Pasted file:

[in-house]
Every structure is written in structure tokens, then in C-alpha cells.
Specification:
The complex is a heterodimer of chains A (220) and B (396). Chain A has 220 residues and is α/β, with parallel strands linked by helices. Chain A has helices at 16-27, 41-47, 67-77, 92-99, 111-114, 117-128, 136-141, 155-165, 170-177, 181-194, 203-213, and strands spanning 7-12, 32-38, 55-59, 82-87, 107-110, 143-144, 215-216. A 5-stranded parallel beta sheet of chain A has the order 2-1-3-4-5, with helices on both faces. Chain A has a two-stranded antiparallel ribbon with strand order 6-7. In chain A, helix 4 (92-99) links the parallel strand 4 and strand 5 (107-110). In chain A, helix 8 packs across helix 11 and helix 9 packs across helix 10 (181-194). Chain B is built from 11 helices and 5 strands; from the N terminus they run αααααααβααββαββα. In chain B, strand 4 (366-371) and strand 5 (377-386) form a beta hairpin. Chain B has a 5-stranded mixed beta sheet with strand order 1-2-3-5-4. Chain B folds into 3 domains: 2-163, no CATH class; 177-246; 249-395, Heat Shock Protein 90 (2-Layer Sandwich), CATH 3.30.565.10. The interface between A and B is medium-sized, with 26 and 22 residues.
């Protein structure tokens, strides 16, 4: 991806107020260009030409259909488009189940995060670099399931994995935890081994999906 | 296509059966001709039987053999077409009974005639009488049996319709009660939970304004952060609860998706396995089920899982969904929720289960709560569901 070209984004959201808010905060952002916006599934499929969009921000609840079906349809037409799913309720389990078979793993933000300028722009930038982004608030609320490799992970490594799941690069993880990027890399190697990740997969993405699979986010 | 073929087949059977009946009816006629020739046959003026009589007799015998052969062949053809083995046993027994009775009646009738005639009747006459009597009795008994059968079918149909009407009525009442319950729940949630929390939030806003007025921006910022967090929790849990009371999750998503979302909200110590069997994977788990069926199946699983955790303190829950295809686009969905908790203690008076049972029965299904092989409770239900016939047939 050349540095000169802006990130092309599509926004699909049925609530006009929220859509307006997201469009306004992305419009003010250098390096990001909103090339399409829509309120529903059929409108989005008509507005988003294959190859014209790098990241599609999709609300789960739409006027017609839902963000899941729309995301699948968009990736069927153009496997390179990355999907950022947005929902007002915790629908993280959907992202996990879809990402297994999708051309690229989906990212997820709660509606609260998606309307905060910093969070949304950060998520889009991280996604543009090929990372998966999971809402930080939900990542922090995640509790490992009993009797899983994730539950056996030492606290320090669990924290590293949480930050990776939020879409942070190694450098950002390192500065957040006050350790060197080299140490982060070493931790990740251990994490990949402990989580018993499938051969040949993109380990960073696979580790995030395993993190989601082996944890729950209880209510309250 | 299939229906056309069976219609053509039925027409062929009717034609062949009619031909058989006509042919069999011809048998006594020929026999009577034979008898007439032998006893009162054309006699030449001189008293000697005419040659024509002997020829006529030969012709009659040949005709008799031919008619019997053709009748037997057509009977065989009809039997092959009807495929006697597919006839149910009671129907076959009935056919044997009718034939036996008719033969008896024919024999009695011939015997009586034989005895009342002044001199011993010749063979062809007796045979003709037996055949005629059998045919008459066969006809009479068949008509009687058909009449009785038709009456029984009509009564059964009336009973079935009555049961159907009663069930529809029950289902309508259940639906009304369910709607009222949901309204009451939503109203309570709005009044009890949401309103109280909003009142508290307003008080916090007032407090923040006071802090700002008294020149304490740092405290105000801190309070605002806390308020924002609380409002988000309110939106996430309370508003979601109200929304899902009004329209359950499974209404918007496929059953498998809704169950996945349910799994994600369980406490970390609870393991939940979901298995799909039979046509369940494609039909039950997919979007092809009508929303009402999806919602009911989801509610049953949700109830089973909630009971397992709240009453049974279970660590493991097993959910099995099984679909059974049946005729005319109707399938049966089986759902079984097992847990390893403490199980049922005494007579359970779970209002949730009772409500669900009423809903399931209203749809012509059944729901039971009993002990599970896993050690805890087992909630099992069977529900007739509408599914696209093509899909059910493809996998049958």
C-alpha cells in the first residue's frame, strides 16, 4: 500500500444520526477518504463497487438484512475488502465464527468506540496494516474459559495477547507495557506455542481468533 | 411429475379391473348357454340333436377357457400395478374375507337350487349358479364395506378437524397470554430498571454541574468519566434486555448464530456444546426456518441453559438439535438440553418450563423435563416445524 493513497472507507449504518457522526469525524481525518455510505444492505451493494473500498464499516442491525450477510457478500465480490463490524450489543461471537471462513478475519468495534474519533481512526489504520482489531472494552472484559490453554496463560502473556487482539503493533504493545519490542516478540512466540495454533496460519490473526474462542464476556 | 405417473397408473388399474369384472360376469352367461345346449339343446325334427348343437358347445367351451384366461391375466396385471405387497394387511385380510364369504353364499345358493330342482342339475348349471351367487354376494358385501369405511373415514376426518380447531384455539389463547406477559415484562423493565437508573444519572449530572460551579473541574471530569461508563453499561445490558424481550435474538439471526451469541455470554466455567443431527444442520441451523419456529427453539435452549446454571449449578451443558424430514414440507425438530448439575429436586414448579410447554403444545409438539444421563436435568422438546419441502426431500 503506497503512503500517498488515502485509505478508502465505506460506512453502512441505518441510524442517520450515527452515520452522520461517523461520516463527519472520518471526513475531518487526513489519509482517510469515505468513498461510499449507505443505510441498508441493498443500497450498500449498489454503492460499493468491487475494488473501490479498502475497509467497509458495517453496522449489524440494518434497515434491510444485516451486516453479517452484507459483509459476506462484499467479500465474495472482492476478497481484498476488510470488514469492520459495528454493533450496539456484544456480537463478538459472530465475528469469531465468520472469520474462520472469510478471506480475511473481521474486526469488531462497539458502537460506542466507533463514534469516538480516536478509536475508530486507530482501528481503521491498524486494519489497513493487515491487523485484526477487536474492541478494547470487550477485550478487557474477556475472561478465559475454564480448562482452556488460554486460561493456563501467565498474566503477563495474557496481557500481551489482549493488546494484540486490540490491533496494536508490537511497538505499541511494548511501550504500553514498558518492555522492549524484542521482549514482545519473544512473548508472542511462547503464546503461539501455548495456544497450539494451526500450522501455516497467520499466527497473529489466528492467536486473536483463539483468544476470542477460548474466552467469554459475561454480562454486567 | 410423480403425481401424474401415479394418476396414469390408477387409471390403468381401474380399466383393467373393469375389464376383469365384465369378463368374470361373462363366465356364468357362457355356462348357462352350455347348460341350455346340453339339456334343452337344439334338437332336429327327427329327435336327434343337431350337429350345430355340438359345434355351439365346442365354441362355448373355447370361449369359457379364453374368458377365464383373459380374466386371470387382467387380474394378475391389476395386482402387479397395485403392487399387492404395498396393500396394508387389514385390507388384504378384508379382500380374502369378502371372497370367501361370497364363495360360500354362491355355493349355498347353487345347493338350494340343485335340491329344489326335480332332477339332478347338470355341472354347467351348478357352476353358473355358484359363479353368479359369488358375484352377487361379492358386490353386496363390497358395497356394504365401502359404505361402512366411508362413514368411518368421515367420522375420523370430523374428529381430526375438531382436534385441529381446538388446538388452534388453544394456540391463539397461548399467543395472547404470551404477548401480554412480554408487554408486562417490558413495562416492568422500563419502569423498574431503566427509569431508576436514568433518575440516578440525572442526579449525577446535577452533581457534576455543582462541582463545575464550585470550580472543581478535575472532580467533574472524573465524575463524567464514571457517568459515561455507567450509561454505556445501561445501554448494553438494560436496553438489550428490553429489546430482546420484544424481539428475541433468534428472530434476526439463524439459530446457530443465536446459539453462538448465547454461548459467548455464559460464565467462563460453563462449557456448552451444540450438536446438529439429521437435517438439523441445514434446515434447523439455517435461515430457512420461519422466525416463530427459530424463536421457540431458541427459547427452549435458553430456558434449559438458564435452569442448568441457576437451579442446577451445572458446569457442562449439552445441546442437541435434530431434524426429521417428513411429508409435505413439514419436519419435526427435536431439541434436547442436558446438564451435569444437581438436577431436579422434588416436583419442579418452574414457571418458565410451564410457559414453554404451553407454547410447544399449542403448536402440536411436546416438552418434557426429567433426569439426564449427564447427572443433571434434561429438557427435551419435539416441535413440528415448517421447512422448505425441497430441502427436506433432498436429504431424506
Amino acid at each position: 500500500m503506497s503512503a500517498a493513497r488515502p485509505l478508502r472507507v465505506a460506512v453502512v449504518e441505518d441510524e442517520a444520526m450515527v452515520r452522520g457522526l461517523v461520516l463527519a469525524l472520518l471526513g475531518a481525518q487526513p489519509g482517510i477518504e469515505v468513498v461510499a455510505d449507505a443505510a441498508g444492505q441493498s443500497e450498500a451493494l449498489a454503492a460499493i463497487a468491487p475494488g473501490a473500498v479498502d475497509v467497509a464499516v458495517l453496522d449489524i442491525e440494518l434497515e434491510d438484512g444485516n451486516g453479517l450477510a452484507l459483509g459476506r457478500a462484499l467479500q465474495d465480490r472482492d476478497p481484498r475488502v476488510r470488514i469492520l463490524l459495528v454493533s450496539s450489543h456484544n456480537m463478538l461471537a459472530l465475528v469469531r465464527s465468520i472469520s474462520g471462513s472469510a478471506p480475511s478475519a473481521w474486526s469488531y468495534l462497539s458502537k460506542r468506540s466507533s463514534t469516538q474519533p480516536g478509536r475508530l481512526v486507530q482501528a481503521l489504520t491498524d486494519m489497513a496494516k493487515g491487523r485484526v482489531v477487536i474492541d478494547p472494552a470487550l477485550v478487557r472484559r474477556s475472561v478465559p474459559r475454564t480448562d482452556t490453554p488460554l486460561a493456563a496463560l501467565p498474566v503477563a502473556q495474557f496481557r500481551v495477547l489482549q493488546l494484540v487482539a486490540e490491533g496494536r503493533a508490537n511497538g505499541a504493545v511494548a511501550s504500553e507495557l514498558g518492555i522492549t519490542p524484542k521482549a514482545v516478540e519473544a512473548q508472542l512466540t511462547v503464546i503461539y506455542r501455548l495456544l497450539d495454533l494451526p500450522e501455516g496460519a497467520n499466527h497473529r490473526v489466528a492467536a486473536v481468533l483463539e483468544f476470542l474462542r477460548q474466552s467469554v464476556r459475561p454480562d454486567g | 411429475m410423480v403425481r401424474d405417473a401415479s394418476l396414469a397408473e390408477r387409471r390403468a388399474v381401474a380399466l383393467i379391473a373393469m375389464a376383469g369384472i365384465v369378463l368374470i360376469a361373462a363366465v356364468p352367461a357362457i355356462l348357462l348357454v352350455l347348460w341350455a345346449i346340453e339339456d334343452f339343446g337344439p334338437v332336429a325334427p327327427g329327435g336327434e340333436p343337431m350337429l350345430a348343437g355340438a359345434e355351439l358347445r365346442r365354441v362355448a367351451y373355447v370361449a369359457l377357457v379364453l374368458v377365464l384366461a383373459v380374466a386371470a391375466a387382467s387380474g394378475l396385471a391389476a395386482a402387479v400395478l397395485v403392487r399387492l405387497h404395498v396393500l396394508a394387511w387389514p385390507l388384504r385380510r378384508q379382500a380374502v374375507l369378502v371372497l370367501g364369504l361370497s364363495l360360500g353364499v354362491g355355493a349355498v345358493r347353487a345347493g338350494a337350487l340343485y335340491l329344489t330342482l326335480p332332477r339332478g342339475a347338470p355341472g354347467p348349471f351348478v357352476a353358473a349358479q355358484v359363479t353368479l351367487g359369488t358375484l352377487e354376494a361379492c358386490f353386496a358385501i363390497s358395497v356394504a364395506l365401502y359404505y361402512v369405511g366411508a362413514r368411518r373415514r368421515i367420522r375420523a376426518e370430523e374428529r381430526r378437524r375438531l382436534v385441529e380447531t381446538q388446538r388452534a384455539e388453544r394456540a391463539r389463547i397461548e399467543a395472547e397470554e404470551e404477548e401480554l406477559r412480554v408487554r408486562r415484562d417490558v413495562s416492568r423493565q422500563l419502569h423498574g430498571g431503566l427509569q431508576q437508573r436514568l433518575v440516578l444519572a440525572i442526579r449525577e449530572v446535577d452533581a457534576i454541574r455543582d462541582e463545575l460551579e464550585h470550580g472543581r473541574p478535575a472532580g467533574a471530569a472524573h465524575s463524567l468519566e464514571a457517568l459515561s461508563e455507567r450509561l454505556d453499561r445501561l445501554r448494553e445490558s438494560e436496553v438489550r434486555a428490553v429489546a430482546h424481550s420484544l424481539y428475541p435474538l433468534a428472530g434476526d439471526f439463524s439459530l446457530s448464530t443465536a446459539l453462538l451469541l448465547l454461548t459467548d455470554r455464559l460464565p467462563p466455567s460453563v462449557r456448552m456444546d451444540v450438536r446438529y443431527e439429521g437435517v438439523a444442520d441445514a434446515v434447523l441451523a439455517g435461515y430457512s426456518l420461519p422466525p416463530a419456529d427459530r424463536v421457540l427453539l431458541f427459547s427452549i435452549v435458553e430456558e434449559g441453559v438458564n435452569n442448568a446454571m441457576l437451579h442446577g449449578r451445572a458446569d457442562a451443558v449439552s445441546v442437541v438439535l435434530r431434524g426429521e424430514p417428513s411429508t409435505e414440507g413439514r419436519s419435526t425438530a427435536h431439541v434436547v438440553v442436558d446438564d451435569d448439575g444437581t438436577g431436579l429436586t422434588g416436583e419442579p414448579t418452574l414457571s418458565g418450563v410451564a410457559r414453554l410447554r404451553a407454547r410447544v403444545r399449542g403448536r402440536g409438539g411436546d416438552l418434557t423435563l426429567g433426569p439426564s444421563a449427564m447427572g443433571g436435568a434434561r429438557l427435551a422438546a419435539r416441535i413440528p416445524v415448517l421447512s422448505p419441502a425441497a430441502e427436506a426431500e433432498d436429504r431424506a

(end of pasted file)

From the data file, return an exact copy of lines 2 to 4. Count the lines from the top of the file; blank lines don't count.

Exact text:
Every structure is written in structure tokens, then in C-alpha cells.
Specification:
The complex is a heterodimer of chains A (220) and B (396). Chain A has 220 residues and is α/β, with parallel strands linked by helices. Chain A has helices at 16-27, 41-47, 67-77, 92-99, 111-114, 117-128, 136-141, 155-165, 170-177, 181-194, 203-213, and strands spanning 7-12, 32-38, 55-59, 82-87, 107-110, 143-144, 215-216. A 5-stranded parallel beta sheet of chain A has the order 2-1-3-4-5, with helices on both faces. Chain A has a two-stranded antiparallel ribbon with strand order 6-7. In chain A, helix 4 (92-99) links the parallel strand 4 and strand 5 (107-110). In chain A, helix 8 packs across helix 11 and helix 9 packs across helix 10 (181-194). Chain B is built from 11 helices and 5 strands; from the N terminus they run αααααααβααββαββα. In chain B, strand 4 (366-371) and strand 5 (377-386) form a beta hairpin. Chain B has a 5-stranded mixed beta sheet with strand order 1-2-3-5-4. Chain B folds into 3 domains: 2-163, no CATH class; 177-246; 249-395, Heat Shock Protein 90 (2-Layer Sandwich), CATH 3.30.565.10. The interface between A and B is medium-sized, with 26 and 22 residues.